Lamar TALH students help build wheel-chair accessible home for child with cerebral palsy
Lamar Texas Academy for Leadership in the Humanities (TALH) students volunteered their time Saturday, Jan. 26, to a Habitat for Humanity project in Port Arthur.
“The house is for a woman named Pearl Harmon and her 10-year-old daughter, Faith,” said Uliana Trylowsky, executive director of Habitat for Humanity of Jefferson County. “Faith suffers from cerebral palsy and is wheelchair bound. The house that we’re building is completely wheelchair accessible.”
Savannah Layfield, a 16-year-old Lamar freshman from Lumberton, said that her favorite part of helping out with the project was the chance to work side by side with Pearl.
“She’s a very nice lady,” Layfield said. “It was very touching to get to talk to her about (Faith). To know you are doing it for a good cause and to see it directly influence a person’s life is rewarding. (Pearl) said that it was amazing that she got the house because there are like 300 people on the waiting list. Her and her daughter will have a place to live, and I think that’s awesome.”
Lamar freshmen Ryan Huff, 17, of Singleton, Texas, and 16-year-old Ashleigh Ray of Rowlett, Texas, also helped out with the project.
“It’s a new service project,” Huff said. “Every fourth Sunday of the month we can go (and work on the house.)”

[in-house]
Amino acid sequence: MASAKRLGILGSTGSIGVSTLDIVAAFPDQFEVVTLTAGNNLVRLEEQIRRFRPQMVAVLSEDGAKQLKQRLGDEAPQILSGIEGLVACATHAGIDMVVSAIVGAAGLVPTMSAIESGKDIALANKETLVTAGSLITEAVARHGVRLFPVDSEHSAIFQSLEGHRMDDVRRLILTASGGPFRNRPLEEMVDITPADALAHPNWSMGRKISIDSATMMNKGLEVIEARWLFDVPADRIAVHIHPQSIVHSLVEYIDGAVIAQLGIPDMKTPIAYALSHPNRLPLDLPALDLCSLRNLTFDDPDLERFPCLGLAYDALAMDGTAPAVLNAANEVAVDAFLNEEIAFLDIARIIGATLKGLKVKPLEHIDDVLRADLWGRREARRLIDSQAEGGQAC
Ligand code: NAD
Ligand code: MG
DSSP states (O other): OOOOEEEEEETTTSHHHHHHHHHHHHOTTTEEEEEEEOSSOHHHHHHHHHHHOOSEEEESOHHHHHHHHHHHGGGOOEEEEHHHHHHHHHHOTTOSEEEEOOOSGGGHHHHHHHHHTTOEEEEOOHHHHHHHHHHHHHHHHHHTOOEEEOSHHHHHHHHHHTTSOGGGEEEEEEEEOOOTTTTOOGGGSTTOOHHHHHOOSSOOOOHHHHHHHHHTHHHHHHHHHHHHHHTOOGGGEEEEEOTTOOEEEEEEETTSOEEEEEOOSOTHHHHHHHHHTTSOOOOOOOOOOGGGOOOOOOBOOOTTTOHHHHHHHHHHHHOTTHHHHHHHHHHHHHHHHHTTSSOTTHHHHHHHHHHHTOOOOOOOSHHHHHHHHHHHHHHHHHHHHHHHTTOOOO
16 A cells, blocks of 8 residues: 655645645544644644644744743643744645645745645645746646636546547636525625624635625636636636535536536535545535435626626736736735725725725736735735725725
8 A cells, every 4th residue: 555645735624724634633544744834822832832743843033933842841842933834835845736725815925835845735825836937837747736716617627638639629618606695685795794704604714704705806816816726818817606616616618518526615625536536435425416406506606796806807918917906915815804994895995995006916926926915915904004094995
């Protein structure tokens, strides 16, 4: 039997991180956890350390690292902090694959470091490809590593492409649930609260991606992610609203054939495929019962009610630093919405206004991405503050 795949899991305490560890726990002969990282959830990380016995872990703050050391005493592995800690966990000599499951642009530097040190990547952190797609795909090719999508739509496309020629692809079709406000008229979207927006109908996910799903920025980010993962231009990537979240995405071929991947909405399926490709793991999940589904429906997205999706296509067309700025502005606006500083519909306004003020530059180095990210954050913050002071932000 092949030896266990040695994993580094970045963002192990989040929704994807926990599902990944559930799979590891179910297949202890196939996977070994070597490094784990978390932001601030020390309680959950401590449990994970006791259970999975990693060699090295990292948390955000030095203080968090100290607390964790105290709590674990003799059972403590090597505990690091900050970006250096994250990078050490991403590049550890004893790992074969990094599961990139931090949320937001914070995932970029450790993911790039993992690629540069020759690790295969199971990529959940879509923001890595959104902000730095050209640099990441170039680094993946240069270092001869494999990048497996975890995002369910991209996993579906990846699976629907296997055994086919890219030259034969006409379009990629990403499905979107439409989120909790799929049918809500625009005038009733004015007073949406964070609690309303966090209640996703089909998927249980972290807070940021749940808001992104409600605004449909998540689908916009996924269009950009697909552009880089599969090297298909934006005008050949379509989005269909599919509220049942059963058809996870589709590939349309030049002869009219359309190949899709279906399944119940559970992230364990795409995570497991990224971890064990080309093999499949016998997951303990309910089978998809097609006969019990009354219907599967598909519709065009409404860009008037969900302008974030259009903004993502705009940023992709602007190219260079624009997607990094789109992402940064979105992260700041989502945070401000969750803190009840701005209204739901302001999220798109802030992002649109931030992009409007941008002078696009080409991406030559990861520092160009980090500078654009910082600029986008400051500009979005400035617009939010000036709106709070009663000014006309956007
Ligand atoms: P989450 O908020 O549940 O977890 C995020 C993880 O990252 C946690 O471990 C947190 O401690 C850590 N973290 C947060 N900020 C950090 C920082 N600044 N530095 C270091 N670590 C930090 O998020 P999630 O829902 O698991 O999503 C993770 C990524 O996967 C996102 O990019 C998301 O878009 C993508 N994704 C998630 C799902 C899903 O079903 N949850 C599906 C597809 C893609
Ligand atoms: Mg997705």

Huff said that she chose to volunteer for Habitat because she believes it is one of the most impactful service projects available.
“I really enjoyed working beside (Pearl) and getting to see her so excited about the house,” she said. “That was something that was really invigorating.”
Although she never thought she would like labor, Huff said the experience was fun.
“You’re working with all these people and you’re getting to know them and getting to know the people you’re building the house for,” she said.
Ray said that there were other reasons for volunteering besides receiving service hours and hanging out with friends.
“I thought it would be a good opportunity for me to do something that would actually impact someone else,” she said. “No other program has the impact on someone who is in so much need, and it’s just awesome to be able to pick up a hammer and see how all the work you’re putting into this project is going to better help someone else.”
“Central to TALH’s identity is service,” said Scott Stevenson, assistant director of TALH. “It’s hard to imagine not having a home and to be able to provide a service that concludes with (the beneficiary) getting a home — it’s a remarkable experience to witness.”
All three students said they plan to continue to work with Habitat for Humanity in the future.